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Filled with children’s bodies in various states of decay, decomposition and malformation, her works challenge the viewers’ initial expectations of the imagery, while tapping into the basic human fear of the body’s disobedience – especially the dread of its dissolute boundaries. The children remain dreamily calm and picturesque despite their compromised states of disfigurement, trauma and accost. KIKYZ1313 intentionally creates these tensions, encouraging the viewer to approach the content critically and analytically, questioning the validity of their initial impressions. A sort of moral chaos presents itself, when faced with images of children in unexpected states of disturbance. Exquisite and repulsive, the conflict of viewing is inexpressibly complex.

KIKYZ1313 received a BFA from the Universidad Autónoma de Querétaro, and had her first solo exhibition at the Museo de la Ciudad de Querétaro. She has completed an artist residency at the Nordic Watercolor Museum in Skärhamn, Sweden.

Join us on Saturday, April 2nd from 6 – 9pm for the opening reception of “Progeny of Chaos” showing new works by KIKYZ1313. The exhibition will be on view through April 23rd.

Interview with Rodrigo Luff for Upcoming Exhibition “Nemeta”

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Coming to Thinkspace Gallery’s project room February 27th is new work from artist Rodrigo Luff in his latest exhibition, Nemeta. Luff works with color pencil, pastel, graphite, oil, and acrylic, and has honed his illustrative skills alongside his facility with painting media. His works are both linear and painterly, realistic and expressionistic. He explores a feeling of the otherworldly by capturing his subjects in trance-like dream states, suspended mysteriously in fairytale atmospheres. His nudes are often surrounded by kindly owls or other iridescent woodland creatures, and staged in forests or haunted woods.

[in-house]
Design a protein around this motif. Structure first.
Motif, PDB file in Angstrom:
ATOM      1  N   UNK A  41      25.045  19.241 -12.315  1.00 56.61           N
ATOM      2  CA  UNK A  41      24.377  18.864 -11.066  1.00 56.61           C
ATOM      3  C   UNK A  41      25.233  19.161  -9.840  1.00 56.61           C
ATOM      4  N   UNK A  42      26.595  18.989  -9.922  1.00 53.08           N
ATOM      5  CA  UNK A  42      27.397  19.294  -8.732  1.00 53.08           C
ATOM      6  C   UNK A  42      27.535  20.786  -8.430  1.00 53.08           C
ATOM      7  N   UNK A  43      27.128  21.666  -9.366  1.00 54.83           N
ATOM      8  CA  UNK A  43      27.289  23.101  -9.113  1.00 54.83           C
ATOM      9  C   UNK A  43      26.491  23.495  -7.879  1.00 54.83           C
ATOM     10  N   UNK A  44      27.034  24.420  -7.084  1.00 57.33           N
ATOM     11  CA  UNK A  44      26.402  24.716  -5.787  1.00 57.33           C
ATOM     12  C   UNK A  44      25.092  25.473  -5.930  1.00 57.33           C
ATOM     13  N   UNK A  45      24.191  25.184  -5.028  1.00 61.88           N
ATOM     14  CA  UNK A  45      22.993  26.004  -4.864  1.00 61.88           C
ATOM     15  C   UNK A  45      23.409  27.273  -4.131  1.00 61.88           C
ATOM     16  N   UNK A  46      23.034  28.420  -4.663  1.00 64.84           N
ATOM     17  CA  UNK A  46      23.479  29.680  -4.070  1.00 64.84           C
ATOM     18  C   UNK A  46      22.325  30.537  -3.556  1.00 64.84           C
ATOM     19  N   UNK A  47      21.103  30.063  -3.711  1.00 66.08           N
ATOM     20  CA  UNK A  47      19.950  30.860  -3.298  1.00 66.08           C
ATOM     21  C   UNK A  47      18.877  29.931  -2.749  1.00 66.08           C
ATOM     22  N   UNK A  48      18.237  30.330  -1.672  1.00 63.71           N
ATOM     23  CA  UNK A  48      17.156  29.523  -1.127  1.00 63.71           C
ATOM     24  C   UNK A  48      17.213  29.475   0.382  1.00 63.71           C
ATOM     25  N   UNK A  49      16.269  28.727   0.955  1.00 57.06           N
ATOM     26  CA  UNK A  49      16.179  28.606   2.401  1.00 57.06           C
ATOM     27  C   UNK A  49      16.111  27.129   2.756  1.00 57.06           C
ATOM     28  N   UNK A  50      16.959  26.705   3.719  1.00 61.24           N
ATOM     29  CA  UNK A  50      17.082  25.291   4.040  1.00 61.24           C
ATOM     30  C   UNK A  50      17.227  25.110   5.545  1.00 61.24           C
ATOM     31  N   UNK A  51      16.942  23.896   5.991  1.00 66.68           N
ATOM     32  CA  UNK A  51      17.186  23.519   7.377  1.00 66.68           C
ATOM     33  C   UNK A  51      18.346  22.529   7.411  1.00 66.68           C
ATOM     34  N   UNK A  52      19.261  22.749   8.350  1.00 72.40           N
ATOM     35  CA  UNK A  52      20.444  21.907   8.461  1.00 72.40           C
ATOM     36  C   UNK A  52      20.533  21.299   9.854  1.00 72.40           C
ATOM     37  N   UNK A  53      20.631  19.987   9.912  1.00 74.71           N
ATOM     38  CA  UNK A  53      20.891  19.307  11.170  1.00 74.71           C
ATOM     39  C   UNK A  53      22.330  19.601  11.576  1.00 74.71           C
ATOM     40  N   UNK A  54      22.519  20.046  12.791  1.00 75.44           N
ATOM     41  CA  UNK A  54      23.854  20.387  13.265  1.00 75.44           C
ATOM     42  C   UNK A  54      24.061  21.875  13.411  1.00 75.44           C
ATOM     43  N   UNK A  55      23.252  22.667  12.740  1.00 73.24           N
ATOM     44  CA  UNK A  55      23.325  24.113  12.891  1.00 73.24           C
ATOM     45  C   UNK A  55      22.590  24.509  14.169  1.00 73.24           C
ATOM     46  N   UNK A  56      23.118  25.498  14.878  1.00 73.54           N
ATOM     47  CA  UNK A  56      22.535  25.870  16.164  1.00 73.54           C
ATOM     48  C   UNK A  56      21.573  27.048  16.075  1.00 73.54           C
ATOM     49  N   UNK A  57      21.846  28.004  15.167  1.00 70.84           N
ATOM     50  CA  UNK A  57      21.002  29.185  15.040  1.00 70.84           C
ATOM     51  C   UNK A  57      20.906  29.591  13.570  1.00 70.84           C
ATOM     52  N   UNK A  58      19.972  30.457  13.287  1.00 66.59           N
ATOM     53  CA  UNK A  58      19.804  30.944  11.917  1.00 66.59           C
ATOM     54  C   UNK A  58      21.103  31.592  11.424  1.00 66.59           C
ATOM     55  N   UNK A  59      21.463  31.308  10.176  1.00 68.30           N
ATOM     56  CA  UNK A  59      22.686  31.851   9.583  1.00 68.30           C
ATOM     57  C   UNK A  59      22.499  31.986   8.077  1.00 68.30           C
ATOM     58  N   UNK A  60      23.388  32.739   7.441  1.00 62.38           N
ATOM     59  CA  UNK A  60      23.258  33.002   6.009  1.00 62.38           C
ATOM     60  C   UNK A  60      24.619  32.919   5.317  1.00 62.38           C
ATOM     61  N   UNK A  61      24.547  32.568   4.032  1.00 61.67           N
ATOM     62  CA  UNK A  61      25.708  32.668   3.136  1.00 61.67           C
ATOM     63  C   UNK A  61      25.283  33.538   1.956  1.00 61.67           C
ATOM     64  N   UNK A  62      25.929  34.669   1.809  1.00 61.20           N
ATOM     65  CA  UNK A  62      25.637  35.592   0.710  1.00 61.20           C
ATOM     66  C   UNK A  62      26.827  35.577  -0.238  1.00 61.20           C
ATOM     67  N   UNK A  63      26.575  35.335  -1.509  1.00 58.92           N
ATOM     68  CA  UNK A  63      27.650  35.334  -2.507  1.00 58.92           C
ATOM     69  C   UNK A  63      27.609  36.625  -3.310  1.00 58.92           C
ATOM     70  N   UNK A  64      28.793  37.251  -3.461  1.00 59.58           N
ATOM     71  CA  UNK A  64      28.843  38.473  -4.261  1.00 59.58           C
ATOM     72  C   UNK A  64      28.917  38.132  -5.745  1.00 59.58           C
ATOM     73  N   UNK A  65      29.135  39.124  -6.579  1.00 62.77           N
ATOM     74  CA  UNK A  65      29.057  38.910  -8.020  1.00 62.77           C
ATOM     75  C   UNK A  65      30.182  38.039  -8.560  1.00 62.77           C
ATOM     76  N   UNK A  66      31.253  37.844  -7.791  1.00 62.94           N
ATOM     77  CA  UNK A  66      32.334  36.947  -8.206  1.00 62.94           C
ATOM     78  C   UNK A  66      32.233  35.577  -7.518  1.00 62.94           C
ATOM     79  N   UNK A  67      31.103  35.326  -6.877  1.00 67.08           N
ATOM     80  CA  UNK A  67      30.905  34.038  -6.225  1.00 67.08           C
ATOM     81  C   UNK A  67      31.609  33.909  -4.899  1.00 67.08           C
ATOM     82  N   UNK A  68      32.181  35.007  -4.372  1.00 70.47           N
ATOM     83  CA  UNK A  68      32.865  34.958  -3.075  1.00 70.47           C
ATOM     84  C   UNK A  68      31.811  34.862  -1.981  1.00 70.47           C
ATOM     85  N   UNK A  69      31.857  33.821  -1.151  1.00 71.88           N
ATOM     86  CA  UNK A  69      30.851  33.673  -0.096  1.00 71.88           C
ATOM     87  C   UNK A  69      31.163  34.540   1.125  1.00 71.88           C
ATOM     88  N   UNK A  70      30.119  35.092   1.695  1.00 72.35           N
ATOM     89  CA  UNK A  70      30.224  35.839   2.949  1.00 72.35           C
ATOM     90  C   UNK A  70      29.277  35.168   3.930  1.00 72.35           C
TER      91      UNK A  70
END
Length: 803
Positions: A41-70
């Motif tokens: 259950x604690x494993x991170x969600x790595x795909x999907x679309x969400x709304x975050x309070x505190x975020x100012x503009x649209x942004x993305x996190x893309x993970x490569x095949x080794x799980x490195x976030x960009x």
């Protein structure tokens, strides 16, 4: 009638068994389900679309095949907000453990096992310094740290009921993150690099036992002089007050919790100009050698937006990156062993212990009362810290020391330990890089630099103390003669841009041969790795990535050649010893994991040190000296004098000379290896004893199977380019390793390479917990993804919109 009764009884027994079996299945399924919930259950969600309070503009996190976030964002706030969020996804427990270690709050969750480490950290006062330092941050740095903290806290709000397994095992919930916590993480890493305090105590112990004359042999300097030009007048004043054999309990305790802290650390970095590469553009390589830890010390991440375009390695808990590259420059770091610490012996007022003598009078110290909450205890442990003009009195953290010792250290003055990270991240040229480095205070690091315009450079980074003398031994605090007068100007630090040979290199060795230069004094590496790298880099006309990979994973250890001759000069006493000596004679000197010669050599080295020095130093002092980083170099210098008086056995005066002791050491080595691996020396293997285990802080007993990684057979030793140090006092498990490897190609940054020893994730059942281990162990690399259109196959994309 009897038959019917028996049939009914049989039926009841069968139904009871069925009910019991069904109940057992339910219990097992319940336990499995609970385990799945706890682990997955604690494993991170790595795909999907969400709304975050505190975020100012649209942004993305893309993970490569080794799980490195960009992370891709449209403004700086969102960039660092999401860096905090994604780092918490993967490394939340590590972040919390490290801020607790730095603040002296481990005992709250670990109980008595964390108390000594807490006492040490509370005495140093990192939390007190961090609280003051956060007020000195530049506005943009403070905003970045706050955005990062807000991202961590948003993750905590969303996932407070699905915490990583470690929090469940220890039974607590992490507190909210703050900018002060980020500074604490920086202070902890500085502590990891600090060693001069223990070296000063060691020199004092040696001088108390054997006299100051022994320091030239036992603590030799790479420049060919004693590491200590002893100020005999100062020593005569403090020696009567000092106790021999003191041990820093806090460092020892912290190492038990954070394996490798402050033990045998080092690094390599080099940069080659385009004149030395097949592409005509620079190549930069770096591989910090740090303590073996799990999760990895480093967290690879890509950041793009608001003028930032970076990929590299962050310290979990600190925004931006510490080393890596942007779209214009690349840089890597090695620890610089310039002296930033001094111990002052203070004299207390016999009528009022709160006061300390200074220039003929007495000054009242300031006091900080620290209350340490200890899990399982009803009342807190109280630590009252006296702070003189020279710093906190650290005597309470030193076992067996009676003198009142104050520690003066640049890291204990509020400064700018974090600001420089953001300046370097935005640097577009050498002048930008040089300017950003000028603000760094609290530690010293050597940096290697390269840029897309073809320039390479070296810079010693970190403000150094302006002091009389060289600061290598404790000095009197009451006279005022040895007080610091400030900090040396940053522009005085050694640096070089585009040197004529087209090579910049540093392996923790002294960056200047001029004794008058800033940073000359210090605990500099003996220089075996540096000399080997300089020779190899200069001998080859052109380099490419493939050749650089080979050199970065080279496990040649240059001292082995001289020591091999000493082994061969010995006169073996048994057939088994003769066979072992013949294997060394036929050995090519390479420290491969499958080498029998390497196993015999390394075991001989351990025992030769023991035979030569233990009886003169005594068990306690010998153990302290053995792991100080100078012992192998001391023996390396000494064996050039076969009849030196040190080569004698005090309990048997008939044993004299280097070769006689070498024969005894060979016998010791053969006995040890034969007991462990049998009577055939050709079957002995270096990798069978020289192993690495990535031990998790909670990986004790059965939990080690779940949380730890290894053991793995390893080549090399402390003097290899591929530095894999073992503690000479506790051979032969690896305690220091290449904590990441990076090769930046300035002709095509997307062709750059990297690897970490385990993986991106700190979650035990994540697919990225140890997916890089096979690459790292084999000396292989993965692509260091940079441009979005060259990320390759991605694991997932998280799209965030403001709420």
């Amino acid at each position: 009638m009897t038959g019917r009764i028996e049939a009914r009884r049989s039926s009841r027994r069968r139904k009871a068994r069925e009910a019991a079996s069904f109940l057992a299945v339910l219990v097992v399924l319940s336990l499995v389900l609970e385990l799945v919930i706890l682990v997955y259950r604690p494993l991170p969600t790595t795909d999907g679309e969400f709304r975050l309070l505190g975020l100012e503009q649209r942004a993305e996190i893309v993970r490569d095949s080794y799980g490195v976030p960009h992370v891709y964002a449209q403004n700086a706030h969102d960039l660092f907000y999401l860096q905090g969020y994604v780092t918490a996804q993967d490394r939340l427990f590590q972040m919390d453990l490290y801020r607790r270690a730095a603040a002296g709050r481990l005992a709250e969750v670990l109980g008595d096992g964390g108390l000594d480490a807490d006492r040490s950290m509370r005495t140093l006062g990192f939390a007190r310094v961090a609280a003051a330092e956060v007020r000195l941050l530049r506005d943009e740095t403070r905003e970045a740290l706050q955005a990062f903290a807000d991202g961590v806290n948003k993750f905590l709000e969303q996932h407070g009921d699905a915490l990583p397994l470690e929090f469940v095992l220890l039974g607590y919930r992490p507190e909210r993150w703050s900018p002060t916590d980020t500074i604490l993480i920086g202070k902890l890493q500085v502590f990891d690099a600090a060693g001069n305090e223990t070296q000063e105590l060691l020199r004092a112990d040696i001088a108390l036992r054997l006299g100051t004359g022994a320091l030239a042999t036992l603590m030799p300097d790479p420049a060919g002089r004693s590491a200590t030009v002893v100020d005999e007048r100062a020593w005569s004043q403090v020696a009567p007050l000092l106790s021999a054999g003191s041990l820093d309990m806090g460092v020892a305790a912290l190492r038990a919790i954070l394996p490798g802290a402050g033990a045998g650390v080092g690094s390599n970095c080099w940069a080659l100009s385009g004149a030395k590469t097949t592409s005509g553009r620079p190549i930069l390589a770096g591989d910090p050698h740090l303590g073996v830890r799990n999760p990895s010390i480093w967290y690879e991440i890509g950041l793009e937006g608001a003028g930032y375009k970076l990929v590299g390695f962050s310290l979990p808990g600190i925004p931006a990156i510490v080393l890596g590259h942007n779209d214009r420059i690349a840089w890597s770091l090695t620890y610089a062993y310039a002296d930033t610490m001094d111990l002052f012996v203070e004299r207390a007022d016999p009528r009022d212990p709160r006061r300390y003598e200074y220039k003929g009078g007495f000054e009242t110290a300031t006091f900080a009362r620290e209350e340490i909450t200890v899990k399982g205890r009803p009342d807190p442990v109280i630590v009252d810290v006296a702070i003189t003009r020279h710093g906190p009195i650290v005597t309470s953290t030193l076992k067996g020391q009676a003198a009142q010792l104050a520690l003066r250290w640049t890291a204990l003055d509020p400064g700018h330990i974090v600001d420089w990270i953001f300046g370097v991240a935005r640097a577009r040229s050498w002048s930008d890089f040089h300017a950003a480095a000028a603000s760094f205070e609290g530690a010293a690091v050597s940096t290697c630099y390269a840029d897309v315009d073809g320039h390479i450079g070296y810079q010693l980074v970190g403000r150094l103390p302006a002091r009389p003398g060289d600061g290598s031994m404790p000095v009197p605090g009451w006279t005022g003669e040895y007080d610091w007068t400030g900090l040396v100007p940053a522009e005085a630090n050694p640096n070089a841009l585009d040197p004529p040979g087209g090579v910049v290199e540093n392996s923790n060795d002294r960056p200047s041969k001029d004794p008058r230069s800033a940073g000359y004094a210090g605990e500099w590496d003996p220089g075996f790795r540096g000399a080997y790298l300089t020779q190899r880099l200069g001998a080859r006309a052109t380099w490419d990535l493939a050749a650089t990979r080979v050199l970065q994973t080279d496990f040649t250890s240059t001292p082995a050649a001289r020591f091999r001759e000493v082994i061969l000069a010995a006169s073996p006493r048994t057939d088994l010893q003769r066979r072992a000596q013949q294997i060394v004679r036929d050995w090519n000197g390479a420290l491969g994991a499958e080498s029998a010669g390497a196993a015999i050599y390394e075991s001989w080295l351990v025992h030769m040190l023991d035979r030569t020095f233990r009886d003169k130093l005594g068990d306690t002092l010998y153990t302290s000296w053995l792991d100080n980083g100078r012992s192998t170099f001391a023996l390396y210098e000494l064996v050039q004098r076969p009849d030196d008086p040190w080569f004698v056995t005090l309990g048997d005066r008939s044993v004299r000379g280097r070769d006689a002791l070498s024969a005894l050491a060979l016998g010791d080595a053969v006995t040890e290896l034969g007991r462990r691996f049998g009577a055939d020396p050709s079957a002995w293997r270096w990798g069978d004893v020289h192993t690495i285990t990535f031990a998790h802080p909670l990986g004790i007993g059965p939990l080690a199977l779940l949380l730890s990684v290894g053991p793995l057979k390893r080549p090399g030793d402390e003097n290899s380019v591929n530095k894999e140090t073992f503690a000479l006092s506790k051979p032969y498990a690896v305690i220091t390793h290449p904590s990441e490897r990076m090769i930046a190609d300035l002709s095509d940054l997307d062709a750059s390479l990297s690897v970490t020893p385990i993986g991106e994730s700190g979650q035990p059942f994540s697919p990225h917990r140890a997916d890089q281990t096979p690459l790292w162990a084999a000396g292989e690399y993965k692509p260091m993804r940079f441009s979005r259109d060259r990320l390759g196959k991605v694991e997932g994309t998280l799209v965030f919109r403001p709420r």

Sour Harvest’s interview with Rodrigo Luff covers the inspiration behind “Nemeta”, a day in the studio, and who he’d invite to a dinner party among other fun questions.

Could you tell us about the inspiration behind the upcoming exhibition? How long have you be preparing for the show?
I’m interested in the way we have always sought a connection to the natural world, and how that liminal, mysterious and wild realm reflects those uncharted dimensions within our psyche.
I’ve been working on this show on and off since mid 2014, so it’s been a long journey.

Who are your artistic influences and a few artists you think people should know about?
My biggest influences are Alphonse Mucha, John W. Waterhouse, John S. Sargent, Moebius, Luis Falero, Hayao Miyazaki and Herbert Draper.
I recommend folks check out Luis Falero and Herbert Draper for a beautiful blend of realism and mythological fantasy. I also *highly* recommend “Cannabis Works” by Tatsuyuki Tanaka.

Guardian Rodrigo Luff

You really experiment with pigment mediums and layering to create a desired effect in your work, can you elaborate on a time an experiment failed and another when it was successful?
Yeah this one time I was layering acrylic washes and pencil rendering and it just got too heavy and dark, and the more I tried to lighten it, the more the paper got ruined and completely messed up.